Morning Skate: Where will the Pittsburgh Penguins finish in the East?
Greg Wyshynski: The Penguins are roaring toward the top spot in the Metropolitan Division, currently occupied by their punching bag … er, old friends, the Washington Capitals, who own a 32-17-6 record (70 points). The Penguins are 31-22-4 (66 points) after going on a 7-2-1 tear.
So how high can they climb? Well, if coffee is for closers, pour the Penguins a venti double. They are a combined 36-15-5 over the past two seasons from Feb. 14 through the end of the season. For his career, Sidney Crosby has a points-per-game average of 1.36 in March and April, which is higher than his career average (1.30).
Yet despite their stellar play late in the season, the Penguins have finished second in the Metro in consecutive years. Finishing first? The Capitals, who have frankly perfected the art of the division championship during the Ovechkin Era with seven first-place finishes in 12 seasons.
So we’ll go ahead and say it happens again: The Capitals take the division with around 105 points, with the Penguins finishing a close second. They both dispatch their first-round opponents, and we get Washington vs. Pittsburgh for the third consecutive season in the second round — and if the Capitals lose again, we fully expect Barry Trotz to grab a torch and storm the gates of NHL headquarters as a one-man army, demanding a playoff format change.
Emily Kaplan: Right around Thanksgiving, we were asking ourselves what was wrong with the Penguins, and what was the next move they needed to make to push themselves back to respectability. Things have certainly changed in two and a half months. I feel a bit silly for doubting the Penguins — who, I should note, I picked as my early Stanley Cup favorite. A rough start may have been the manifestation of back-to-back grueling seasons and significant personnel losses, but the Penguins have refound their footing in a big way.
One of the biggest issues with Pittsburgh to start the season was its poor starts. As I wrote on Nov. 29, the Penguins had “allowed 30 first-period goals, which is the worst mark in the league. They’ve scored only 20 goals in the first period themselves (which is 20th in the league), and that minus-10 differential is an ugly indicator of why they’re 13-10-3 and in fifth place in the Metropolitan Division.”
Well that was just a sample size of 26 games. In the 31 games since then, Pittsburgh has been off to a much better start, outscoring opponents 25-19 in the opening frame. One thing the Penguins haven’t solved is their season-long search for depth at center. I think that’s something GM Jim Rutherford will address at the trade deadline. It might not be with a big, splashy name — because really, there aren’t many top-end centers available — but the Penguins should find someone to plug in on the bottom two lines. Of course, Pittsburgh is also in on a rental winger — as long as he comes in at the right price.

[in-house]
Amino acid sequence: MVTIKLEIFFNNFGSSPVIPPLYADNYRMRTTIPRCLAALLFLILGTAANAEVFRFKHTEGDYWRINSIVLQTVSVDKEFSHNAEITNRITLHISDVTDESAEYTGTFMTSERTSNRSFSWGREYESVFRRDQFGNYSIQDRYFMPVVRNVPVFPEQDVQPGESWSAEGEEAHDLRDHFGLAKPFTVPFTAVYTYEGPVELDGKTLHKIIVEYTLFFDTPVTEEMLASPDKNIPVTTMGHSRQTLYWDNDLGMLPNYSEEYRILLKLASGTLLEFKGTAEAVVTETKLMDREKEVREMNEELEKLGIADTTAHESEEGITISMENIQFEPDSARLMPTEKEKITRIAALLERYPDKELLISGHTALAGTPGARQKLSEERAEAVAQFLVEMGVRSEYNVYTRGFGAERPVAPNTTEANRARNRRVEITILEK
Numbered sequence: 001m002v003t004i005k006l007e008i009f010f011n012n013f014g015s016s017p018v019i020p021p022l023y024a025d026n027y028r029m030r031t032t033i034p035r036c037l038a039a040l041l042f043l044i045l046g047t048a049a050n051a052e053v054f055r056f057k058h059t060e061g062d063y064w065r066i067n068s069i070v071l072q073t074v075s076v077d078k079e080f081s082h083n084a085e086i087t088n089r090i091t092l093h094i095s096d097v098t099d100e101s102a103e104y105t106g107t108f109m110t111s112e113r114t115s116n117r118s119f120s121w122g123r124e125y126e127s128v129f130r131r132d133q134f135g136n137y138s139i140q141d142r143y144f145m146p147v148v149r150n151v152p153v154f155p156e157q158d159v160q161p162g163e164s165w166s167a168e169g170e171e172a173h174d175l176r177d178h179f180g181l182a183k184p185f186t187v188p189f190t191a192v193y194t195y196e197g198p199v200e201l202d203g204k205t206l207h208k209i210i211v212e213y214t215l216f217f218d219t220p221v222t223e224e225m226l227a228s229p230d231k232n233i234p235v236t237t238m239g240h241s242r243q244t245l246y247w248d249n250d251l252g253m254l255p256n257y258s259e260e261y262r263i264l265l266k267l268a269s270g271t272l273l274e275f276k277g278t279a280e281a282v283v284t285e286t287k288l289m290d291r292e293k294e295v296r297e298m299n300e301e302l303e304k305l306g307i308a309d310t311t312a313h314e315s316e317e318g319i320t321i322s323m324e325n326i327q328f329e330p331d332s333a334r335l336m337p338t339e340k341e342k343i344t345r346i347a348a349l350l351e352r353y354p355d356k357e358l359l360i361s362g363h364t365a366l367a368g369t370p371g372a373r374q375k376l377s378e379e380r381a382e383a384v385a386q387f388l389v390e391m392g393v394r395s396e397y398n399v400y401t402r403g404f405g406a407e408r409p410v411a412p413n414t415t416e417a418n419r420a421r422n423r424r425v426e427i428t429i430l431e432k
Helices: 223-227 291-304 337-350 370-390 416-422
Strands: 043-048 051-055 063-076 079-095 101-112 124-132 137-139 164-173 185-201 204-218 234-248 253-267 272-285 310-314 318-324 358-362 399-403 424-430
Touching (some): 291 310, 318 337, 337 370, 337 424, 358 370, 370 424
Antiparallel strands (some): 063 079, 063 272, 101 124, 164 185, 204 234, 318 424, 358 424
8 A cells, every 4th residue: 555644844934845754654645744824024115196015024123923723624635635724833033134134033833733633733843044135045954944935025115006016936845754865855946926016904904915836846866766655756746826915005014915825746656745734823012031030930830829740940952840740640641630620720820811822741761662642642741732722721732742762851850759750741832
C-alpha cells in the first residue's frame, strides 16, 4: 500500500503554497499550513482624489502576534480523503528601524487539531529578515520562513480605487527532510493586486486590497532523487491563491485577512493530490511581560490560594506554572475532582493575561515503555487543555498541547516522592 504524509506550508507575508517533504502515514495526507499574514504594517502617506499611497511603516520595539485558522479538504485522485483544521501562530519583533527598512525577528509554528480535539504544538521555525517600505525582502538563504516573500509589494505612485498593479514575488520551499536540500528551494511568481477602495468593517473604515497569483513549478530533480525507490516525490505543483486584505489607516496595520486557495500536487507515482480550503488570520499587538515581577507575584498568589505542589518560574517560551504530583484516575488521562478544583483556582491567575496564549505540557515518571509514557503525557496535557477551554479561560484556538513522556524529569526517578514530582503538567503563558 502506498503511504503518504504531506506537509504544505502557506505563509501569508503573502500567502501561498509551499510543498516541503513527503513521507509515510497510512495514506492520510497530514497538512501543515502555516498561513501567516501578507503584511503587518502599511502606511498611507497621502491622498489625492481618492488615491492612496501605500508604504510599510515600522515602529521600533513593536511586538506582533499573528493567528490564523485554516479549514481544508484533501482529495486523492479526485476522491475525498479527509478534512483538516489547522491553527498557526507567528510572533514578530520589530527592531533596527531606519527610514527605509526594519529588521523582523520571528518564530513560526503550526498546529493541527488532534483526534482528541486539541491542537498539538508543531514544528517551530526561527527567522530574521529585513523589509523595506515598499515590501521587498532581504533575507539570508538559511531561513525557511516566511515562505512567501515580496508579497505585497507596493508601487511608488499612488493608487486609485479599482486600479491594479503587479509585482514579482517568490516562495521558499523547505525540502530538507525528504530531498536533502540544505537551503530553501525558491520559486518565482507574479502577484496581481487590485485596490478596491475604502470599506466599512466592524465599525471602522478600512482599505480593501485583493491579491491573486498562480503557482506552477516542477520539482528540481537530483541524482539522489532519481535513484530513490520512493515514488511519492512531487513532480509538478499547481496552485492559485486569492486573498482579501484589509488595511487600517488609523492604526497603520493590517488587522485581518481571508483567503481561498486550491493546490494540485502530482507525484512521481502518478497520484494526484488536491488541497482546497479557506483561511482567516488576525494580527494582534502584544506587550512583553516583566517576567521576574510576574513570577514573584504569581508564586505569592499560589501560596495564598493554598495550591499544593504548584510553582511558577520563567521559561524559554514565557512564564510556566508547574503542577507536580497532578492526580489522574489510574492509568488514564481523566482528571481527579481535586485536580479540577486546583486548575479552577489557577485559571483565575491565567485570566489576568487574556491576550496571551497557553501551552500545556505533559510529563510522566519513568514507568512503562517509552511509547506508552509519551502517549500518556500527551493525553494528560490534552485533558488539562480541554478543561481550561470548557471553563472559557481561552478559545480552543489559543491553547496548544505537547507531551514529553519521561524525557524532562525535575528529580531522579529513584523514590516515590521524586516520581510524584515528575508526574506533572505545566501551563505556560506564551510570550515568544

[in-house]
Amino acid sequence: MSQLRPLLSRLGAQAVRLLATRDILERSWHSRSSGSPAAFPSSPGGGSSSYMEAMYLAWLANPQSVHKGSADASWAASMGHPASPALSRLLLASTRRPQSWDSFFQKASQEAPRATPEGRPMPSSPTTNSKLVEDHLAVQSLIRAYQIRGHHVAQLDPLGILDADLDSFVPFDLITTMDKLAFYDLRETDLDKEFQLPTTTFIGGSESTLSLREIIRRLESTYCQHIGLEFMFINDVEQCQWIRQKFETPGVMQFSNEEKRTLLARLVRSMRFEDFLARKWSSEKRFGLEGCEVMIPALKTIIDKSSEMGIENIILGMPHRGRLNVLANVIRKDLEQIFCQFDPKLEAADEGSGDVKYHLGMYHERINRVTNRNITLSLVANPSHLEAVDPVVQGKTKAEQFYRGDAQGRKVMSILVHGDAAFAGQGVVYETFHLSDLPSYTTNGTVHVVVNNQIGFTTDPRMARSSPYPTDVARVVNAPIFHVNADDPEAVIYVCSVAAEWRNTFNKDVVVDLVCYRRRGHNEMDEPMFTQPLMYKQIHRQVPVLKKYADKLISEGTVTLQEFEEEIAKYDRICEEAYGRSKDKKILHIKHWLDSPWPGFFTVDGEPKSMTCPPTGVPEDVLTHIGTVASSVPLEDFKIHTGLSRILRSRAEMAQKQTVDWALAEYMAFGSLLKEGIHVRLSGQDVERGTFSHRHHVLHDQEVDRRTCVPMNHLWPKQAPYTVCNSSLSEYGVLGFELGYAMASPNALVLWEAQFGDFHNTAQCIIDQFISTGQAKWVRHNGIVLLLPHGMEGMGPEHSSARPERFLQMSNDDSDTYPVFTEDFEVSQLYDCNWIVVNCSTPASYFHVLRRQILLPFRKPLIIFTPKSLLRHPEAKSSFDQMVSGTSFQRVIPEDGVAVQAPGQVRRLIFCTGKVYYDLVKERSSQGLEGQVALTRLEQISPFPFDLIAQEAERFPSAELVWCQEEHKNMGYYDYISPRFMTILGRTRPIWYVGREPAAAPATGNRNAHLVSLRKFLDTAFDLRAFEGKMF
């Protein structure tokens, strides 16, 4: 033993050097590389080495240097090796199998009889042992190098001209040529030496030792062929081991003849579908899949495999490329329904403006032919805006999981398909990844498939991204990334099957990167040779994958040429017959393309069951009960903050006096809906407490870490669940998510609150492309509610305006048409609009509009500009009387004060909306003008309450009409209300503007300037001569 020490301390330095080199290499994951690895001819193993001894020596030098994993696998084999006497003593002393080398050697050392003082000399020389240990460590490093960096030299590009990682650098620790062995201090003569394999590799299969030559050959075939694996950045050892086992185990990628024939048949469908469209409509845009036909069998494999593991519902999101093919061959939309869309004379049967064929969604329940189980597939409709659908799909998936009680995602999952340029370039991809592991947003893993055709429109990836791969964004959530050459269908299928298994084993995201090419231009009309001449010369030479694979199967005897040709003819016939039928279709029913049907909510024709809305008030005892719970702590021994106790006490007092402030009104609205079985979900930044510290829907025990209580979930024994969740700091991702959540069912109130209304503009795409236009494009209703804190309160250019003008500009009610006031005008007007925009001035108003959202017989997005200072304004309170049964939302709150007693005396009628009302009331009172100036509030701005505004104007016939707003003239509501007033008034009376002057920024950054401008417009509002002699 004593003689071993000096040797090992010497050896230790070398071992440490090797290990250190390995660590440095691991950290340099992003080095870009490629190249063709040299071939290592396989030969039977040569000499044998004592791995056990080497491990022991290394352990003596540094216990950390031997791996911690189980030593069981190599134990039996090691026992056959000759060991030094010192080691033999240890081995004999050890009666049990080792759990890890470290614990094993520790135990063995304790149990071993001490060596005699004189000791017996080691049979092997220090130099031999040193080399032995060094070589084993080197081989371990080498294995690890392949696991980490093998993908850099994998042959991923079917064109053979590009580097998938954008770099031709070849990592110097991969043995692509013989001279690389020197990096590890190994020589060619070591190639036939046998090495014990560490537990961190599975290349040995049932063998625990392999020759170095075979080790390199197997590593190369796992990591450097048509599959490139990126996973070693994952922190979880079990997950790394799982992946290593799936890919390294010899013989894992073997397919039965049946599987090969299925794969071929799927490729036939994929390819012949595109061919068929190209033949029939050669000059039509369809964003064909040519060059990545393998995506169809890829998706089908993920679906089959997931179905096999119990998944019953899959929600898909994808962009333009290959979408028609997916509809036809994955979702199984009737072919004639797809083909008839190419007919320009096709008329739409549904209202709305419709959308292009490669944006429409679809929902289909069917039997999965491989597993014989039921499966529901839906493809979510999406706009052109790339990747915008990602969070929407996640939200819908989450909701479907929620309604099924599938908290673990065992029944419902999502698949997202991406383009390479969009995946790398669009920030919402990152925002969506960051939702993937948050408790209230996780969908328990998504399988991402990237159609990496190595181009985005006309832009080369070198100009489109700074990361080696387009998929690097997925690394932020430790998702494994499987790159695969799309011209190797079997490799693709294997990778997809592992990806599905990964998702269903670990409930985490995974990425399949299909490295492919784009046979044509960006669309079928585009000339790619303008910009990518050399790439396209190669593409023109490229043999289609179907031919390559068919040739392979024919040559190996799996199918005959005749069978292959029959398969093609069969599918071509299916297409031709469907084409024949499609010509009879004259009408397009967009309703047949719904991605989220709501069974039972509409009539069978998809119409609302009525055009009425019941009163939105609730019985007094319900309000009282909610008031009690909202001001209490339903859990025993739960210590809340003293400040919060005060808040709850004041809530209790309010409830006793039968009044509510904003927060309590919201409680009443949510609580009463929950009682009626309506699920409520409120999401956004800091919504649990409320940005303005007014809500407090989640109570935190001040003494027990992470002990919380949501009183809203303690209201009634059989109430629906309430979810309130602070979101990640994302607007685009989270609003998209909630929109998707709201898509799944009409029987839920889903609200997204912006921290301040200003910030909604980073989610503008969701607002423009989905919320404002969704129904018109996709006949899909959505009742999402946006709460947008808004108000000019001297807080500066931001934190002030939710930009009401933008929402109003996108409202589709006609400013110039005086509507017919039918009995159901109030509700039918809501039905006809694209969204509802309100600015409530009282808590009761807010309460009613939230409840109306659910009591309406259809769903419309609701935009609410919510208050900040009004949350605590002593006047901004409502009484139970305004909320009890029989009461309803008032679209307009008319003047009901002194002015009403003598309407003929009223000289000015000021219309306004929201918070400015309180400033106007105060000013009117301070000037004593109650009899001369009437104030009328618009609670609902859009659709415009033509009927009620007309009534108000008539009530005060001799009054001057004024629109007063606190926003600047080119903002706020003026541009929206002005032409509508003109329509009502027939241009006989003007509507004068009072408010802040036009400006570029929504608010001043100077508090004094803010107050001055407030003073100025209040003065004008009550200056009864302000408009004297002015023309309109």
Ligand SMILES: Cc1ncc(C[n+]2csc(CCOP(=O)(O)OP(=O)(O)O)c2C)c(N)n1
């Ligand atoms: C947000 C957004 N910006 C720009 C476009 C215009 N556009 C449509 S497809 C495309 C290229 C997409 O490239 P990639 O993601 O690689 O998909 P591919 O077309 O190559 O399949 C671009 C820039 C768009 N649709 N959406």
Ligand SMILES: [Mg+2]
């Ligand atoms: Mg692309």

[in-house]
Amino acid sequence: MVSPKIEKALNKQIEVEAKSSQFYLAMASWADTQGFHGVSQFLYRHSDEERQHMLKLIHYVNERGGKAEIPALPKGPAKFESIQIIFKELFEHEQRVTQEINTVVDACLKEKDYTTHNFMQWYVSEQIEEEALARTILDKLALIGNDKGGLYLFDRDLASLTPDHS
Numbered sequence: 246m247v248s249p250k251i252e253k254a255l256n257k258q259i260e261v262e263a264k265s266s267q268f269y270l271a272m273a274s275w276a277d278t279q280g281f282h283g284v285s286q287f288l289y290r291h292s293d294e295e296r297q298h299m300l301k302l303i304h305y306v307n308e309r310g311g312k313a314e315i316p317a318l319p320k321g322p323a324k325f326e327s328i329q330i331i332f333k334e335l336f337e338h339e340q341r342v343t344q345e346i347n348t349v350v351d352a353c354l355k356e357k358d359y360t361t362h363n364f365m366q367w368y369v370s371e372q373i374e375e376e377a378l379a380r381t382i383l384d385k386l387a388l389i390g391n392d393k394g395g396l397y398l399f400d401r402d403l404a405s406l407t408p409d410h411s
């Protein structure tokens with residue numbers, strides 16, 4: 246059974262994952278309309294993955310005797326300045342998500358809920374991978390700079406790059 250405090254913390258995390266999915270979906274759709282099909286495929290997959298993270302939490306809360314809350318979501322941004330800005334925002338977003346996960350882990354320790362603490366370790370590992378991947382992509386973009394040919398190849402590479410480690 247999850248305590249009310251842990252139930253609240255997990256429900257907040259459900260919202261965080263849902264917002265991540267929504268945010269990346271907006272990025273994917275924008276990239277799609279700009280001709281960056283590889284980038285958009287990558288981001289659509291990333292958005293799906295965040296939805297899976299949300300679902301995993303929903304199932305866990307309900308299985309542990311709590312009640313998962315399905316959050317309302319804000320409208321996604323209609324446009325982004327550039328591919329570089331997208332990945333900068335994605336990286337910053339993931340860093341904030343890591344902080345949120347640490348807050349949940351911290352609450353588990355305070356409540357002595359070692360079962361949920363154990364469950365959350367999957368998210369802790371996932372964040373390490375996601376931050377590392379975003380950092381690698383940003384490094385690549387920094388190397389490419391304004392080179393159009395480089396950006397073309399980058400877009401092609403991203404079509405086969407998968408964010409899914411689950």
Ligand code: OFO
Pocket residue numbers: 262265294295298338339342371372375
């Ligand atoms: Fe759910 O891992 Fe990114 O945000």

All of this is to say, the Penguins are in much better shape than they were to start the season. Their power play is downright scary (currently first in the league, at 26.3 percent), both Evgeni Malkin and Phil Kessel are Art Ross Trophy candidates — and as Greg notes, Crosby tends to play his best hockey late in the season. The Penguins are trending up. They’re in second place in the Metropolitan now, and despite the lump of teams still competing for a playoff spot behind them, I don’t see them finishing any lower than that.
Chris Peters: What a wild year, but you had to figure the Penguins weren’t going to be sliding all the way out of the playoffs. There’s just too much talent at the top of their lineup, and it’s been the top guys getting the job done as usual as the Penguins surge into playoff position.
Since the calendar turned to 2018, Pittsburgh’s primary stars have been unstoppable. Malkin has 16 goals and 27 points in his past 17 games. Crosby has 22 assists and 27 points in the same span. Kessel, who arguably has been the Pens’ most consistent forward throughout the season, has 23 points in that span. Meanwhile, the goaltending has improved, even though it has been a by-committee approach. Matt Murray, who has dealt with injuries and the recent death of his father, has seen an uptick in performance when he has been available, with a .918 save percentage since Jan. 1. Meanwhile, Tristan Jarry and Casey DeSmith have also each made starts in recent weeks. The goaltending part is key because we’ve seen how this team looks when Murray struggles — and it isn’t good. Keeping him healthy and in the right mindset is key to this team’s hopes.
Looking at Pittsburgh’s schedule the rest of the way, there are quite a few games against teams that are still in the playoff hunt and fighting for spots — and only a handful or so against teams just playing out the string. With the Philadelphia Flyers gaining on them, I think the worst the Pens will do is the third spot in the Metro. The most likely position, however is that second spot and home-ice advantage in a first-round matchup.